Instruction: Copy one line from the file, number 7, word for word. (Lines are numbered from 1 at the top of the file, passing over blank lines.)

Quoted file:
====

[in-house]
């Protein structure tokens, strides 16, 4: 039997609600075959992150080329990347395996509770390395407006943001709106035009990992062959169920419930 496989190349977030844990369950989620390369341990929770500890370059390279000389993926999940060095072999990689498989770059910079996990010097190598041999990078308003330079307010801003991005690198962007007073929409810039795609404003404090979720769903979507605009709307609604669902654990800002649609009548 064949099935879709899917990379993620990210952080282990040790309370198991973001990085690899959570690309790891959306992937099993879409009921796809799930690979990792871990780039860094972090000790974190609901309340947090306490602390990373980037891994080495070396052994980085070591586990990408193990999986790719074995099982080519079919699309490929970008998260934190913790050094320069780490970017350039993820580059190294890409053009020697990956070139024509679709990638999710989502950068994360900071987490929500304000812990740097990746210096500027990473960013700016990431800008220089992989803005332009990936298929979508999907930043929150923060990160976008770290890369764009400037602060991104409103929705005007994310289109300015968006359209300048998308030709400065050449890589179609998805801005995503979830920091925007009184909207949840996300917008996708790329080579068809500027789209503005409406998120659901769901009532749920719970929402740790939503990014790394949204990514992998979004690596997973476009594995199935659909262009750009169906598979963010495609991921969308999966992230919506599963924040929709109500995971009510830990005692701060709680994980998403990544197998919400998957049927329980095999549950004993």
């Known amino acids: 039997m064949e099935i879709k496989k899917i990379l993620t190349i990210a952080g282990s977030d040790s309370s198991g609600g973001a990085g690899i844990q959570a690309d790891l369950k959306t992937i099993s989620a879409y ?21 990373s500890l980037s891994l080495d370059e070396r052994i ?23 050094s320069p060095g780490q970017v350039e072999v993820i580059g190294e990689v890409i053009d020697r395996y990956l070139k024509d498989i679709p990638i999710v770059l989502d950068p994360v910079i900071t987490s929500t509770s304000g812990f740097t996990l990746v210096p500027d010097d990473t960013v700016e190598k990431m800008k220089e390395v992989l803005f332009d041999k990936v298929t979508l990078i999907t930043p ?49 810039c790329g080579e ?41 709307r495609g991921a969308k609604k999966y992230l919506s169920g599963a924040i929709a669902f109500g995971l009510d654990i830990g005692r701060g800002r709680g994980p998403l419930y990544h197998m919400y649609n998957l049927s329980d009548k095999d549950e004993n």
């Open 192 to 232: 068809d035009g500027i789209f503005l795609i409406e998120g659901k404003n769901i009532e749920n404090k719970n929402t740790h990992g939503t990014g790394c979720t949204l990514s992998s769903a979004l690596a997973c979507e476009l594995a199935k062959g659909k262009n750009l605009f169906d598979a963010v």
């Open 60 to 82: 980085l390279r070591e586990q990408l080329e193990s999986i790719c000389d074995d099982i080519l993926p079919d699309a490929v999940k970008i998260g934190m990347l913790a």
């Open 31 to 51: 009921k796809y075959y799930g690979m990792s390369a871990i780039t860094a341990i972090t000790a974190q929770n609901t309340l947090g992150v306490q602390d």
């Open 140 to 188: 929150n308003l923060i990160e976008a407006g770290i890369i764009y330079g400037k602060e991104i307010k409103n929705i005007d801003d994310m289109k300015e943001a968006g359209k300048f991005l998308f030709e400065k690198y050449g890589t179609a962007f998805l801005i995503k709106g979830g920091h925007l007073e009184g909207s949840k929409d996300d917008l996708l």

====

């Open 140 to 188: 929150n308003l923060i990160e976008a407006g770290i890369i764009y330079g400037k602060e991104i307010k409103n929705i005007d801003d994310m289109k300015e943001a968006g359209k300048f991005l998308f030709e400065k690198y050449g890589t179609a962007f998805l801005i995503k709106g979830g920091h925007l007073e009184g909207s949840k929409d996300d917008l996708l």